“For years we wasted land with impunity,” William H. Whyte writes in this classic work now returned to print. “Now we no longer can.”
Called “the best study available on the problems of open space” by The New York Times when it first appeared in 1968, “The Last Landscape” introduced many cornerstone ideas for land conservation, urging all of us to make better use of the land that has survived amid suburban sprawl.
One of Whyte’s findings is surprising: Our cities and suburbs are not really jammed; they just look that way. There are in fact many open areas and plenty of ways to use this existing space to the benefit of the community.
Whyte’s pioneering work on easements outlined in “The Last Landscape” led to the passage of major open space statutes in many states, and his argument for using and linking green spaces, however small the areas may be, is a recommendation that has more currency today than ever before.
We owe it to Whyte, former editor of Fortune magazine and author of “The Organization Man,” and his students that billboards don’t crowd out the trees along the interstates in New Jersey, that farms in both New Jersey and Pennsylvania can now be “preserved,” and that I-95 doesn’t cut across the island of Manhattan.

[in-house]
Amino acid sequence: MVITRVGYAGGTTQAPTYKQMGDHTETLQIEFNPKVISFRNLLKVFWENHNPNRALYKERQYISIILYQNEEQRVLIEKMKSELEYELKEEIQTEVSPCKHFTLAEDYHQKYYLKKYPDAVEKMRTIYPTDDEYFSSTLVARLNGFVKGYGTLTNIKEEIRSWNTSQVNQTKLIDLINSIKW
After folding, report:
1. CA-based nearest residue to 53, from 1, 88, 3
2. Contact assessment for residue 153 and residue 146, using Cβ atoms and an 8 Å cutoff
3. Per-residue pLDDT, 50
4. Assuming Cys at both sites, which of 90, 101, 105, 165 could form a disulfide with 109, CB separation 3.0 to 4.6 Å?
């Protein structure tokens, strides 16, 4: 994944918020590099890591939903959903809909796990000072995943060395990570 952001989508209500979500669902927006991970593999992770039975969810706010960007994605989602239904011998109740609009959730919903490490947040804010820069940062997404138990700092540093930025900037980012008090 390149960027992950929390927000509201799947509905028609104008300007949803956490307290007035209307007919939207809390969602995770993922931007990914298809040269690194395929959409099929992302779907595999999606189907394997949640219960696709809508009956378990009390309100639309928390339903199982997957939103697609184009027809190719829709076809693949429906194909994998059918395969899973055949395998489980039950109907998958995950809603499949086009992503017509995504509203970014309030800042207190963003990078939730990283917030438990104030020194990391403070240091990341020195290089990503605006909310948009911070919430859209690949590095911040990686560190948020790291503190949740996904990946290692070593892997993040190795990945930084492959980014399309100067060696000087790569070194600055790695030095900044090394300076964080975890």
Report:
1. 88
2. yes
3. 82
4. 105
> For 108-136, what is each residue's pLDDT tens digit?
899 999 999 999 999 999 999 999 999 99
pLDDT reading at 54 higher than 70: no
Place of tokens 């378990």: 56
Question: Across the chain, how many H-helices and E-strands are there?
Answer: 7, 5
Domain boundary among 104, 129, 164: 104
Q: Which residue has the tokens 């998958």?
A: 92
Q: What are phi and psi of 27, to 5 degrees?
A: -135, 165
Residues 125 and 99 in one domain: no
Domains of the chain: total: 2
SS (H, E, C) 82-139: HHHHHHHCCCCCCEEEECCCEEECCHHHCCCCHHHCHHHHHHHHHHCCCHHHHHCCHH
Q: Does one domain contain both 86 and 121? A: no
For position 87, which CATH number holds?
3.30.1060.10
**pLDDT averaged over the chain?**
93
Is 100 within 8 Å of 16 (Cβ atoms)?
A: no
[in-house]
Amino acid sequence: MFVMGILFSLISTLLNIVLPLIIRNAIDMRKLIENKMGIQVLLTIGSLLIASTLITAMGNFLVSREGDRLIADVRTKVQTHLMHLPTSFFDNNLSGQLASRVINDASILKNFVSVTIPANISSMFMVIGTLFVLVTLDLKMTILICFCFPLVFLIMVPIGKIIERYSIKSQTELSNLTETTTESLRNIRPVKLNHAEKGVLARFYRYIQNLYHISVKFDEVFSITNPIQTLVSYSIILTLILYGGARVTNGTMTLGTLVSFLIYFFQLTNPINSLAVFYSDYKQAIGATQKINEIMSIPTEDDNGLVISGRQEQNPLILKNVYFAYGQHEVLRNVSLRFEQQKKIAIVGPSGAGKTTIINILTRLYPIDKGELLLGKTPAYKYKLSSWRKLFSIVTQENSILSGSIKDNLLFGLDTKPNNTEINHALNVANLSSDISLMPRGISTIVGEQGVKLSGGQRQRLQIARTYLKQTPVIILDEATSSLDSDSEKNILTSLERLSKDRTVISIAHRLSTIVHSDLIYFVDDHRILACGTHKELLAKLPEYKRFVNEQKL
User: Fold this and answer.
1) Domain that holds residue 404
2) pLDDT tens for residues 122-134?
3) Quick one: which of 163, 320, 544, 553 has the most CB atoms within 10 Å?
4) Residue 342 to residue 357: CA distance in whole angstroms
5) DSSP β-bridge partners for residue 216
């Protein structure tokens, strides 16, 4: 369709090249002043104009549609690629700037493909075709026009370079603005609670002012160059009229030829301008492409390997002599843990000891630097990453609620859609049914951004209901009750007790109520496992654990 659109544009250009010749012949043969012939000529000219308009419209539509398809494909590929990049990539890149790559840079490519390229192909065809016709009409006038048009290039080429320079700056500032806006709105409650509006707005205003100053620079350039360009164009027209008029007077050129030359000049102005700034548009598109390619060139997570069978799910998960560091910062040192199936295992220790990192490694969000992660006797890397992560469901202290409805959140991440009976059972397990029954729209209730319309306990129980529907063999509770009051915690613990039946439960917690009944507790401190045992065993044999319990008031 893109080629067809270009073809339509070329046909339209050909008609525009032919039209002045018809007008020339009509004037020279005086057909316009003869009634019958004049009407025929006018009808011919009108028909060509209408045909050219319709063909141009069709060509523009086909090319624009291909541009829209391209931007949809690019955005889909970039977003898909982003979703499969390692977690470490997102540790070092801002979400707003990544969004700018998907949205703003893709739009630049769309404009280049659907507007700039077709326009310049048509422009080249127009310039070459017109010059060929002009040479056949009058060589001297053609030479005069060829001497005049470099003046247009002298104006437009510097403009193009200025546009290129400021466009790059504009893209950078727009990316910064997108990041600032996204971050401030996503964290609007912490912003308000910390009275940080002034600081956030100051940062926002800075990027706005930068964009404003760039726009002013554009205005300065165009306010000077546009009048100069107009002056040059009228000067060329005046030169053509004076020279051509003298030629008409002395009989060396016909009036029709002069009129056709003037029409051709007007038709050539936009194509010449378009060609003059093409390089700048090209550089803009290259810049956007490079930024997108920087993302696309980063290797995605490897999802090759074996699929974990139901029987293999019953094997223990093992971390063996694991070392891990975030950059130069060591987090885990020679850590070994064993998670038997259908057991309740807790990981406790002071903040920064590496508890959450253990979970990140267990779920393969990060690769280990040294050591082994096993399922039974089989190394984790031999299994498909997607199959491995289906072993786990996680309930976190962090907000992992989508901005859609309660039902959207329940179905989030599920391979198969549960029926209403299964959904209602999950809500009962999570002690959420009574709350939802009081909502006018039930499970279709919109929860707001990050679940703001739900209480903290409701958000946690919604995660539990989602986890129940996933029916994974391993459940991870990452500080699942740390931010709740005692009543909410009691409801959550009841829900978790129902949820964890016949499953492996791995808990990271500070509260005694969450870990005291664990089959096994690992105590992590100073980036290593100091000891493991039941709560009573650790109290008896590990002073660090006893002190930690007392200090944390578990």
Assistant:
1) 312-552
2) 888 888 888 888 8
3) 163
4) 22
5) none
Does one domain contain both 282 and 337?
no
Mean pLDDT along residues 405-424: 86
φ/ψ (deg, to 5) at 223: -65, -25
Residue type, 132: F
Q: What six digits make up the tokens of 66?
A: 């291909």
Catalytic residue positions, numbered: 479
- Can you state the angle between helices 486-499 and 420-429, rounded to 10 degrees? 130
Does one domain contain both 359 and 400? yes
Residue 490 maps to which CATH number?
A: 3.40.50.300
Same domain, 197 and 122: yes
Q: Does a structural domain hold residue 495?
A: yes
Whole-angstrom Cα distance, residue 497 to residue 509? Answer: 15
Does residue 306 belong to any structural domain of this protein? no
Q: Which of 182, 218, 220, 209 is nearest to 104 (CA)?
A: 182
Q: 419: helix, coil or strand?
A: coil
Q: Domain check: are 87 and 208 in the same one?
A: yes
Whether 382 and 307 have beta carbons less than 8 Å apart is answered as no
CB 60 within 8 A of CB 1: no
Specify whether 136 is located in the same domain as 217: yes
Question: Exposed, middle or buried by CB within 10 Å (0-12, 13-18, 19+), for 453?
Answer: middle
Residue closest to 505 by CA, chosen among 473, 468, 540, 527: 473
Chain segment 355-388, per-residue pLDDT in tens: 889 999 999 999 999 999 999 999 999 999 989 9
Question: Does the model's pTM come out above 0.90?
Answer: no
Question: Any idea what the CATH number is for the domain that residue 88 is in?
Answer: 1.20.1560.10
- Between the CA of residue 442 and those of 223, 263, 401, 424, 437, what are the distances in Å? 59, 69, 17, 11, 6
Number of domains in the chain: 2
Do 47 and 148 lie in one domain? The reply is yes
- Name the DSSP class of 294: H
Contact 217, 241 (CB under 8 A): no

Paco Underhill, author of “Why We Buy: The Science of Shopping,” wrote, “As much as ‘Silent Spring’ challenged American science to recognize its long-term responsibilities, ‘The Last Landscape’ asked communities, the government, and the design profession to do the same.”
In his new preface, Tony Hiss, former staff writer for The New Yorker and author of “The Experience of Place,” explains how “The Last Landscape” provides a practical and timeless framework for making informed decisions about the land around us.
—University of Pennsylvania Press
Originally published on February 7, 2002